Fund yields every year.

Local Court
Recent Rule
Investigated
DETROIT (A')-A senate com-
mittee asked four Detroit federal
judges yesterday to explain by
what authority they invoked a rule
to permit civil suits to be filed In
secrecy.
"This would seem to involve a
denial of information," said Sen.
Thomas Hennings (D-Mo), chair-
man of a constitutional rights sub.-
committee in Washington. "We are
asking the four judges under what
authority they have promulgated
this gag rule.*
At the same time Rep. Clare
Hoffman (R-Mich.), a member of
a House committee investigating
governmental secrecy, called o
fellow members to look into the
case.
Rule Investigated
The chairman of' Hoffman's
committee, Rep. John E. Moss, Jr.
(D-Calif.), was in California and
not immediately available for corn.
ment.
Hoffman said he thought the
Rule "would be a good case" for
his group to investigate.
"I can see no excuse for cover-
ing up court activities with such a
rule," Hoffman said. "The people
ar- -,titled to know."
Chief Judge Theodore Levin de-
fended the rule, saying the judges'
were "simply formalizing what has
alays been the inherent power of
the cc -rt."
Cites Court Rights
He said United States district.
courts have the right to make their
own rules provided they don't
conflict with the Constitution, fed-
eral laws or rules or Supreme
Court rulings.
The rule was adopted yesterday
when four of the six federal judges
on the bench for Eastern Miohi-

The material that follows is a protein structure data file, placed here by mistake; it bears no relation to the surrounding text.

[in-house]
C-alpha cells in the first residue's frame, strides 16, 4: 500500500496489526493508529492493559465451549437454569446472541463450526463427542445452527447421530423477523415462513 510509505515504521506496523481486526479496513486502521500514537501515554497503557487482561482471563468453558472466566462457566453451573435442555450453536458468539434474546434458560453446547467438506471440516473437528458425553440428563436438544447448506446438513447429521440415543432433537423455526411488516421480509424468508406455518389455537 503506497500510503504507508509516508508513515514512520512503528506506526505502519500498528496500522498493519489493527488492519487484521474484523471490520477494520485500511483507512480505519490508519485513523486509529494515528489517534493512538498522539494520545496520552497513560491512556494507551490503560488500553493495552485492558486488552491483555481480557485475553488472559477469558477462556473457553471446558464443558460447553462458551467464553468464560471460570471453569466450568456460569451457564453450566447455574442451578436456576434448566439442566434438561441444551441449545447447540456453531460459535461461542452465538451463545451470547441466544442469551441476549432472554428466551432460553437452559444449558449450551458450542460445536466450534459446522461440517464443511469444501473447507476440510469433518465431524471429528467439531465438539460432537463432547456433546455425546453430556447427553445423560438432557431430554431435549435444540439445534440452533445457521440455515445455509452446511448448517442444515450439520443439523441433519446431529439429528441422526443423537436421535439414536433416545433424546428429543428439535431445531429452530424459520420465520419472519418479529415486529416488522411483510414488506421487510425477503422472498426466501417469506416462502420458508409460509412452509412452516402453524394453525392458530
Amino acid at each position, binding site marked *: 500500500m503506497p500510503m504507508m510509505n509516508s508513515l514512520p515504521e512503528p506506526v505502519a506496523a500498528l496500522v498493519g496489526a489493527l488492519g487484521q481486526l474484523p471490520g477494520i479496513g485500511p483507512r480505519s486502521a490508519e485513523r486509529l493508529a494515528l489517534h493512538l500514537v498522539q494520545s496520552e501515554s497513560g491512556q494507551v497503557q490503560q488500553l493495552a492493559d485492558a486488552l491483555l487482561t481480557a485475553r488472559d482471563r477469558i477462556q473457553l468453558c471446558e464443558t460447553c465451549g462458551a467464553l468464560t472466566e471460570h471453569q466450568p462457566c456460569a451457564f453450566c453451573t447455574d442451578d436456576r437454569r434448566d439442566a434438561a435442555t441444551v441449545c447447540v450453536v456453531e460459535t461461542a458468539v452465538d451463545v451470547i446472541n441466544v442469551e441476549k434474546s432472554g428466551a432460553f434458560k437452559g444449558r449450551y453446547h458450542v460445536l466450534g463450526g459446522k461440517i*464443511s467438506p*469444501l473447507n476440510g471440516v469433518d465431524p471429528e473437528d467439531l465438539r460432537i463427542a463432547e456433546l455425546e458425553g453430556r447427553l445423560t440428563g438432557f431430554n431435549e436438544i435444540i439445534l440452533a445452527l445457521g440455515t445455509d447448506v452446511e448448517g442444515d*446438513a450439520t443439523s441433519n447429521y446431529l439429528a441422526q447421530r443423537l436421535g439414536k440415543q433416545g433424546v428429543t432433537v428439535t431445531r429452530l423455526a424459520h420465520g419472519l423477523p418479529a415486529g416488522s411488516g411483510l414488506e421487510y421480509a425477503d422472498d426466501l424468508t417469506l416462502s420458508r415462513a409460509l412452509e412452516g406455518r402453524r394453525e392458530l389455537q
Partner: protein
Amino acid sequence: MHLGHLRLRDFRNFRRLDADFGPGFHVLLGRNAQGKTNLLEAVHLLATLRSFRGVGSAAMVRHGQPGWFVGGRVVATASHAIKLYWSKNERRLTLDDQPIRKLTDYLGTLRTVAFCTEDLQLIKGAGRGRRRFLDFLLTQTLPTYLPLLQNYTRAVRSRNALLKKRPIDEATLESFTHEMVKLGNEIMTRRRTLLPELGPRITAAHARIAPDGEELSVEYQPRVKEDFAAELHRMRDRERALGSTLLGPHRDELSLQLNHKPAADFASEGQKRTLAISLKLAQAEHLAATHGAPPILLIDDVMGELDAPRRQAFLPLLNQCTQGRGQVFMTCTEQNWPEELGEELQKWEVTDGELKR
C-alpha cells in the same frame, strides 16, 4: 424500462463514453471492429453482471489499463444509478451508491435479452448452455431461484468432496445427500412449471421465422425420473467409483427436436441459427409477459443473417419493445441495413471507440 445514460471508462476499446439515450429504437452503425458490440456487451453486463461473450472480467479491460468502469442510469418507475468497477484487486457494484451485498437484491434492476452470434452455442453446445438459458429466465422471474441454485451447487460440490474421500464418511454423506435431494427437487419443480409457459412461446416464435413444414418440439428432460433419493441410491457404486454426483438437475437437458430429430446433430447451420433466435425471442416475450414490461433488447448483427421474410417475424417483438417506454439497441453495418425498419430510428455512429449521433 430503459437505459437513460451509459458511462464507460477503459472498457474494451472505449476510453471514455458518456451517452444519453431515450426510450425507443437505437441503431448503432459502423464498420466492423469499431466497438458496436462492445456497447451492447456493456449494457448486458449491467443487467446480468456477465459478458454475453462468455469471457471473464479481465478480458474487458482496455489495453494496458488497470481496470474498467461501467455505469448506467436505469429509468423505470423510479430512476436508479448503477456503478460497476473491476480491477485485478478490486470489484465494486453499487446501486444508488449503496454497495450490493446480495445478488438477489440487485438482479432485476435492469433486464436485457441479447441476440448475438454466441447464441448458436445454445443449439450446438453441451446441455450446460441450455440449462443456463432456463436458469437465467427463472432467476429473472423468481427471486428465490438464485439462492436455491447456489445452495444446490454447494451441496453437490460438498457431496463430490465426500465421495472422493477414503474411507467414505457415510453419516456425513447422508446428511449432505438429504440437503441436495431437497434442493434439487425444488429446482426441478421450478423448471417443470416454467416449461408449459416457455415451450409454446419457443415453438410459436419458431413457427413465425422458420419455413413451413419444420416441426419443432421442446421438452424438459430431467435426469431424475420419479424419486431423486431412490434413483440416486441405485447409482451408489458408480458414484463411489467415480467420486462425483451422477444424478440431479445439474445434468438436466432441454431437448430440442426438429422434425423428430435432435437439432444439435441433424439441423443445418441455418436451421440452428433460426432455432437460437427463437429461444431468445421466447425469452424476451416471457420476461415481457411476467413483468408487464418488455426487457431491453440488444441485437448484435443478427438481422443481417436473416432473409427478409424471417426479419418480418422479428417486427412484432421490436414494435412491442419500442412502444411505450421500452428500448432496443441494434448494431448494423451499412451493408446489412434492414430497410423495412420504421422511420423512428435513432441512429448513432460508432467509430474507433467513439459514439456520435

gan voted for it. Two other judges
regularly assigned here did not,
take part in the vote and said they
did not consider the rule neces-
sary.
It would allow judges to keep
civil suit filings secret when either
party requests it.
The Detroit News, in a front
page editorial, said it would violate
what it called the court's gag rule
"as soon as we can find a way."
The paper would invite contempt
proceedings, the editorial said, be-
cause the rule would "deny the
people of Michigan information as
to what is happening in the court
they support."
Regents Plan
To Meet Today,
The Board of Regents will meet
at 9:30 a.m. today, when they will
hear a report on the breakdown
of $41,625,000 budget initiated
from grants received since their
last meeting.
They will also hear reports on
plant extension progress and the
University Musical Society.
Faculty and committee appoint-
ments. leaves of absence. gifts.

TV Teaching
Seen Rising
By The Associated Press
Educational television facilities
may soon be available at low cost
to every school district in the
state, the Michigan Citizens' Com
mittee on Educational TV was
told Wednesday.
The possibility stems from the
recent development of a short-
range station transmitter which
would cost about $6,000, reported
by Franklin G. Bouwsma, execu-
tive secretary of the Detroit Edu-
cational Television Foundation.
He said the transmitter would
serve as a chep p substitute for
closed-circuit networks and have
a range ad' .uate to cover a school
district, city or university campus.
After .earing the report, the
citizens' committee called for es-
tablishment of an office ;.. the
Department of Public Instruction
to co-ordinate statewide educa-
tional T7 developments.
Mea:iwhile in Washington a